Spring time is lovely especially during the plum blossom season. Lots of gorgeous flowering trees to be enjoyed in the city. My favourite season to visit Korea is during fall, sometime between end October and the first two weeks of November. The autumn foliage in Korea is intense and wild. The sights of the vibrant orange, red and yellow colours never fail to take my breath away. The autumn air is crisp and cold, and perfect to indulge in piping hot pots and kimchi stews. I have been fortunate to have acquired many happy autumn memories in Seoul.
Last weekend, we went to Corner House with one of my old secondary school friend and her family for dinner. Gosh, her sons are 18 years old and 16 years old. Time really flies. My friend had previously dined at Corner House and liked the experience enough that she wanted to take her sons there for dinner, and we agreed to join them.
It has been a long while since we went to a fine-dining restaurant in Singapore. Our last expensive dine-out was probably at Odette, several years back.
Corner House is situated in an old colonial bungalow in Botanic Gardens which is easily accessible from the Nassim Gate carpark. The restaurant has such a pretty view of the Gardens from the veranda dining room on the second level. The 7 course dinner was quite good – interesting flavours that popped in my mouth. I particularly enjoyed the vegetarian courses much more than the meat courses. The signature onion course (onion cooked in various ways) was excellent. The tomato and basil sorbet course (photo below) was refreshing and delicious – possibly my favourite course that evening.
It was a nice evening out, catching up with old friends in a quiet and relaxing setting. Would we make a repeat visit? It is just too expensive! I doubt we will go back for dinner, maybe for lunch or Sunday brunch but even that is a remote possibility.
Making a note that the wines are very expensive – they have a 1-for-1 offer for BYOB which is quite a good deal that we became aware of at the end of the evening (and after we had paid for two bottles).
It has been a while since I did any sewing or crocheting. I have been learning to enjoy a slower pace during the weekends instead of doing everything that comes to my mind maniacally. This is the case whenever I start on a new crafting project.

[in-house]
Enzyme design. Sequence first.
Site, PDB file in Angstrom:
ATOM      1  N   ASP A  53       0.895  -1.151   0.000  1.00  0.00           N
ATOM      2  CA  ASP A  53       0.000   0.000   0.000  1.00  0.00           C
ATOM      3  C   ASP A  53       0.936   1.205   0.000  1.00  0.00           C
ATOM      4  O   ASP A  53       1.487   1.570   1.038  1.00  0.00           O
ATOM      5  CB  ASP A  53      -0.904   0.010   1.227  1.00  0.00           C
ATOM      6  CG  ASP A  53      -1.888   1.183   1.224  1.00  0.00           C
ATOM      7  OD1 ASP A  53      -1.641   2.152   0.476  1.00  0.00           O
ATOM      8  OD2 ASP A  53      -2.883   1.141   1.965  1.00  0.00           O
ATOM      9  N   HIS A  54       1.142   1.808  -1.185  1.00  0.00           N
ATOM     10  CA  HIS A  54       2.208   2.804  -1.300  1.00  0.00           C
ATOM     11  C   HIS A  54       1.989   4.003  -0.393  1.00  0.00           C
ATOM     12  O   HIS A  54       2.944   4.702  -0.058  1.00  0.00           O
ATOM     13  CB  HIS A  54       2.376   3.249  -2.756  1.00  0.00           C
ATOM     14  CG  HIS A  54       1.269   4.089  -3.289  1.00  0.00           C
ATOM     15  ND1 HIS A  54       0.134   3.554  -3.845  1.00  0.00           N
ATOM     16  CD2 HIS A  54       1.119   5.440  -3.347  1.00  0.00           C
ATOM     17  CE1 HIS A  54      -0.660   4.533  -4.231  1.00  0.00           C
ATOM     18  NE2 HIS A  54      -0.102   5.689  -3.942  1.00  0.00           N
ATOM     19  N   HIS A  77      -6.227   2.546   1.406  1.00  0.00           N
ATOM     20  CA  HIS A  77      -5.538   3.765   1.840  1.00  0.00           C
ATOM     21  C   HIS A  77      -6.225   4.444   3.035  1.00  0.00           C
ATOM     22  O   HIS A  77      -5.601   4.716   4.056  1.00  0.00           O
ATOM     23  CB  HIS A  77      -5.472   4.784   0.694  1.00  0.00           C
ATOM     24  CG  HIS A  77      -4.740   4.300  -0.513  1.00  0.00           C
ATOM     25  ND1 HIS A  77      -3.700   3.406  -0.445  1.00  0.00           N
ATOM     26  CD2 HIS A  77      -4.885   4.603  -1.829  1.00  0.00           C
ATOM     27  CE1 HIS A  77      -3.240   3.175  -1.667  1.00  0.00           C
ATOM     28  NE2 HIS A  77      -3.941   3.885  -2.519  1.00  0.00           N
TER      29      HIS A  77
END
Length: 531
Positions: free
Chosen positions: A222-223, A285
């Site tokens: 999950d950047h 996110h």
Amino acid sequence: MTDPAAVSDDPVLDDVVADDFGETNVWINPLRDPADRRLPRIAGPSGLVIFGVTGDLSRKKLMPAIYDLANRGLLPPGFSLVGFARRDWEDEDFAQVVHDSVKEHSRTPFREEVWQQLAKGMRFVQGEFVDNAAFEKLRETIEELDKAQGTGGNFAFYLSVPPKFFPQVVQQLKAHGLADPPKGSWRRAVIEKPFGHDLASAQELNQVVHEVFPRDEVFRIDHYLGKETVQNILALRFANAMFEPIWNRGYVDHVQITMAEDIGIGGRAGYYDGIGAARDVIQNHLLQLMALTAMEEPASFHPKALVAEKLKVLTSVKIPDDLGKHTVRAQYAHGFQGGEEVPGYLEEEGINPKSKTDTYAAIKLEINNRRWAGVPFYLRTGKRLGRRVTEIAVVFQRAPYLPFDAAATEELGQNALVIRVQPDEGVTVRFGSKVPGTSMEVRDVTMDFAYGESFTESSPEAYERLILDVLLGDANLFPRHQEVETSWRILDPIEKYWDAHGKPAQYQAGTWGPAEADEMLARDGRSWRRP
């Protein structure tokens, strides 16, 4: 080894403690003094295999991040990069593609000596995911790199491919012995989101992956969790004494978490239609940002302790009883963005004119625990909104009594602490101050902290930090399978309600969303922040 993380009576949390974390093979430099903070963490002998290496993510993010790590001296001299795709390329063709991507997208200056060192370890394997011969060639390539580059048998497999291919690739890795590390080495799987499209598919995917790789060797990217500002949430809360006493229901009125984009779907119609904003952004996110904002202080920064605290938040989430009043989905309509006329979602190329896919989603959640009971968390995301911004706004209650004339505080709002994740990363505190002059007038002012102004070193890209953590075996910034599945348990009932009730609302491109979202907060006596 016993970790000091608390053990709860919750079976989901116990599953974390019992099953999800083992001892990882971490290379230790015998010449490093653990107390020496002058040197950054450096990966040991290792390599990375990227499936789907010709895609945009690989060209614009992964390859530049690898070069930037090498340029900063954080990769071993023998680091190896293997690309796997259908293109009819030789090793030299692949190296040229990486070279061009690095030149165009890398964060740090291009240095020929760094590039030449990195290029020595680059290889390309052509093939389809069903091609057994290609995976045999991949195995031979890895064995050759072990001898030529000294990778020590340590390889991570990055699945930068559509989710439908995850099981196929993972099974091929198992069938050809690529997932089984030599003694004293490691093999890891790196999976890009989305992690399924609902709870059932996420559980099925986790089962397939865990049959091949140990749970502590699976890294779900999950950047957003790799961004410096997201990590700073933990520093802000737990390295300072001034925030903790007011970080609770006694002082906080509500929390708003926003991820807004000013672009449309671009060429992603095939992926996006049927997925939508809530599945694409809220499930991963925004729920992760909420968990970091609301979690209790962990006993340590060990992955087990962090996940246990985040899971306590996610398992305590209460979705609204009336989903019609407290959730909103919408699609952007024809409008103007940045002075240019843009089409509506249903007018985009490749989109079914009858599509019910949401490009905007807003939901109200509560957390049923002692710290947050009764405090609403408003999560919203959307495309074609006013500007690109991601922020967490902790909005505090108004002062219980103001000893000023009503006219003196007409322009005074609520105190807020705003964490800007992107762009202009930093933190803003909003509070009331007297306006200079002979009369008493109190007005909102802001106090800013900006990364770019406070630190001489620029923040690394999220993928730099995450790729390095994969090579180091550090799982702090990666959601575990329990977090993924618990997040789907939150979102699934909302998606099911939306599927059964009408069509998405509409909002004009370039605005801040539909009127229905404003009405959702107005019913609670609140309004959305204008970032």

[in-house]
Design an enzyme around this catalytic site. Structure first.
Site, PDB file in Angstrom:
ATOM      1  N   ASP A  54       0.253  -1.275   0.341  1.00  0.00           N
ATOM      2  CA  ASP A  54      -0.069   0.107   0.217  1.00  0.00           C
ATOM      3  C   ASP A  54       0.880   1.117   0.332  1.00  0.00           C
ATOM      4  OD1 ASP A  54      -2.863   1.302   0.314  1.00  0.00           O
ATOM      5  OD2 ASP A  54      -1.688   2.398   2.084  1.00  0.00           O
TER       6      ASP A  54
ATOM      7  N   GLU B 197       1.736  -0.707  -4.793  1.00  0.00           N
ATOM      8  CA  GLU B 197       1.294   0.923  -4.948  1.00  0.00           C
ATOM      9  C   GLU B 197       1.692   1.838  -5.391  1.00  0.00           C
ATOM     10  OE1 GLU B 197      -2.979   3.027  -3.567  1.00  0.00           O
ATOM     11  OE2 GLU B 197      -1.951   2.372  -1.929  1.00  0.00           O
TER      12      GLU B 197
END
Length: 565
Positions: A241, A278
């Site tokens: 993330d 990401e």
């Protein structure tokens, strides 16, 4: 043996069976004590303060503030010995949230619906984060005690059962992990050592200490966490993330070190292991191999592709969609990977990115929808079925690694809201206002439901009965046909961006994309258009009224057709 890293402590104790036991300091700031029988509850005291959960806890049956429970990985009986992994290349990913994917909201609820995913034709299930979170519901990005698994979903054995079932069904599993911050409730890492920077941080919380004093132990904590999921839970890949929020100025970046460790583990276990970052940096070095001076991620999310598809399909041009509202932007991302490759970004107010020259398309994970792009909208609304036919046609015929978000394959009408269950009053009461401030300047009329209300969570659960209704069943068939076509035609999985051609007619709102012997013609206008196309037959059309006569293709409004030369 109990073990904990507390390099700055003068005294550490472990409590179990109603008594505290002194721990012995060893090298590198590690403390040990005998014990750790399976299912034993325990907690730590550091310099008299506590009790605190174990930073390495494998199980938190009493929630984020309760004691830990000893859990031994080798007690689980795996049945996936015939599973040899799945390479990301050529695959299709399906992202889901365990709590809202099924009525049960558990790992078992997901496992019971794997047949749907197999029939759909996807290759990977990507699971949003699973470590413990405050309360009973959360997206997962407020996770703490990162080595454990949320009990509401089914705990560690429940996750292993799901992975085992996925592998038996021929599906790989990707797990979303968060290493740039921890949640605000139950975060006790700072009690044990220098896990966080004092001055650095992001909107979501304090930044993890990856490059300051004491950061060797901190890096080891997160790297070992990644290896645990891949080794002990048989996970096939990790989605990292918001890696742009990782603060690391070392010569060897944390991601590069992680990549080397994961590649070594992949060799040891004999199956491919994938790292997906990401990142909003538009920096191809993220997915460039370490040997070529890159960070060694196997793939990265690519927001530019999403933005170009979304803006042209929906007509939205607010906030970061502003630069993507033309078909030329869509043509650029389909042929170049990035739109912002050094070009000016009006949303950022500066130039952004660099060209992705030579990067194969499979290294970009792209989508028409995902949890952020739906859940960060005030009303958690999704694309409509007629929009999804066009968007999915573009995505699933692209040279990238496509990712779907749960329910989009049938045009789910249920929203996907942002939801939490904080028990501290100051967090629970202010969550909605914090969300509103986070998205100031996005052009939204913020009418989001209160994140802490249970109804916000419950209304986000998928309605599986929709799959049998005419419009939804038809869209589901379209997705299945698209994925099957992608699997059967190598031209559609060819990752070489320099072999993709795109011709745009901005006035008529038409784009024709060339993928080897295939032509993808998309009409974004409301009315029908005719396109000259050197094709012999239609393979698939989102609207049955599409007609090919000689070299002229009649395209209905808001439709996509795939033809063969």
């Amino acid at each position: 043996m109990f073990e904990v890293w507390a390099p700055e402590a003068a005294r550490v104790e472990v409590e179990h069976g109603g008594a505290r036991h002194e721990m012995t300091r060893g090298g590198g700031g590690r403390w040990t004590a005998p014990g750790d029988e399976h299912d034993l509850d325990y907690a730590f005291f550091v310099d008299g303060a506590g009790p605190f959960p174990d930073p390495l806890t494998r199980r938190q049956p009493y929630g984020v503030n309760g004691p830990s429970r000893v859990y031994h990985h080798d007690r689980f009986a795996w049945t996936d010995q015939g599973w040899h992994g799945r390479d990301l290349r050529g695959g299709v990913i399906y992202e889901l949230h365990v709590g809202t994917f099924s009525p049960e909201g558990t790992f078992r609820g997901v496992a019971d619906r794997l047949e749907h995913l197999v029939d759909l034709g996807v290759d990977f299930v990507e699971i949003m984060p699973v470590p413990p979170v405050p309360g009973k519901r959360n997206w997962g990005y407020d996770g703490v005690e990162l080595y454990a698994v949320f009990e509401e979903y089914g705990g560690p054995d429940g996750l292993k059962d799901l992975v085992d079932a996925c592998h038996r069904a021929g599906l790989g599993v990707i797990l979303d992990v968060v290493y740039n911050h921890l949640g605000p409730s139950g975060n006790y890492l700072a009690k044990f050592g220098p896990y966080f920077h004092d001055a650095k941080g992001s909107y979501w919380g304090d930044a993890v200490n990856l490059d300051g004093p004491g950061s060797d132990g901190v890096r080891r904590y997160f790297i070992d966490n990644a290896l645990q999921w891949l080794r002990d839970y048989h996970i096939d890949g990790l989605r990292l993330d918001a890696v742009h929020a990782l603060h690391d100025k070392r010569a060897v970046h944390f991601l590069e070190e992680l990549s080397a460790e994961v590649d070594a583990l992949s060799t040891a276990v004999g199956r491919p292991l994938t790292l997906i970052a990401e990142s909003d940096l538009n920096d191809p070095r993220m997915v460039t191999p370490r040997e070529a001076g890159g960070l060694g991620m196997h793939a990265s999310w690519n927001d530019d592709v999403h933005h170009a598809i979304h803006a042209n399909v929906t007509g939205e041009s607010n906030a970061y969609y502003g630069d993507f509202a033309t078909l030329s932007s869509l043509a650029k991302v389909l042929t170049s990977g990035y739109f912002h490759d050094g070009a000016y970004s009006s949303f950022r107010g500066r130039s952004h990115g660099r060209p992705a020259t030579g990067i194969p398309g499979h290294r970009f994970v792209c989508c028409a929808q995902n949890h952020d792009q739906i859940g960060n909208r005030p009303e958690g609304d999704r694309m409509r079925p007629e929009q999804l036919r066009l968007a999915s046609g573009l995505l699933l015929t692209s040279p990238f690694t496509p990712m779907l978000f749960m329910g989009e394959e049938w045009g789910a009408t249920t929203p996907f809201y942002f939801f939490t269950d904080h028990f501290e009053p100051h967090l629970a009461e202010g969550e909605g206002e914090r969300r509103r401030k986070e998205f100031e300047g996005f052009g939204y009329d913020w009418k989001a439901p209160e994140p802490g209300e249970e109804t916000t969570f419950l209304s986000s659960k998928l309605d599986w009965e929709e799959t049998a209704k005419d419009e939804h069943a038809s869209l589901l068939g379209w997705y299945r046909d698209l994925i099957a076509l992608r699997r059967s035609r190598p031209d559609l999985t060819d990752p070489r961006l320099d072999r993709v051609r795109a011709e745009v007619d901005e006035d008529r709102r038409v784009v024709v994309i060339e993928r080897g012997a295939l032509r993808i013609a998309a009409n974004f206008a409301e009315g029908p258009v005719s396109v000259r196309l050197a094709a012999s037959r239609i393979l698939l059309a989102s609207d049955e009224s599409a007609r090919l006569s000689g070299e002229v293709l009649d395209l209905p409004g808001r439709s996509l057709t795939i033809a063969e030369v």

I wanted to start picking up the sewing needle again, or the crochet hook again. I told myself to break the process up into very small chunks to work on every day or every other day. This way, I make some progress everyday but without sacrificing time to work on the other items on my to-do list.
I really like working with my hands ‘cos it has a calming effect on me. The level of concentration required in crocheting or sewing stops my brain from wandering into all sorts of places that create anxiety. Plus, creating something increases my happy hormones.
My cushion covers are all hand-made, sewn using 100% cotton fabric and measure 16″ x 16″. Perfect as a customised gift for my friends and family. A cushion insert from Ikea fits the cover perfectly.
Some months back, I stumbled on The Happiness Project, written by Gretchen Rubin, on the Overdrive app (an excellent app that allows you to borrow and read ebooks from the National Library on your iPad).
Without going into too many details, the book is a memoir about the author’s experimental project to improve her level of happiness over a period of 12 months using a series of prompts. The book was published ten years ago but I have only recently heard of it.
While The Happiness Project received mixed reviews on Amazon, I enjoyed reading it so much I went on to borrow her other books – Better Than Before and Happier At Home. They were all good fun reads and I felt personally inspired by her ideas and concepts.
So this year, I decided to sign up for a community-based personal Happiness Project where I am supposed to create my own prompt and resolution driven project. Will write more about that soon. Time to go to sleep.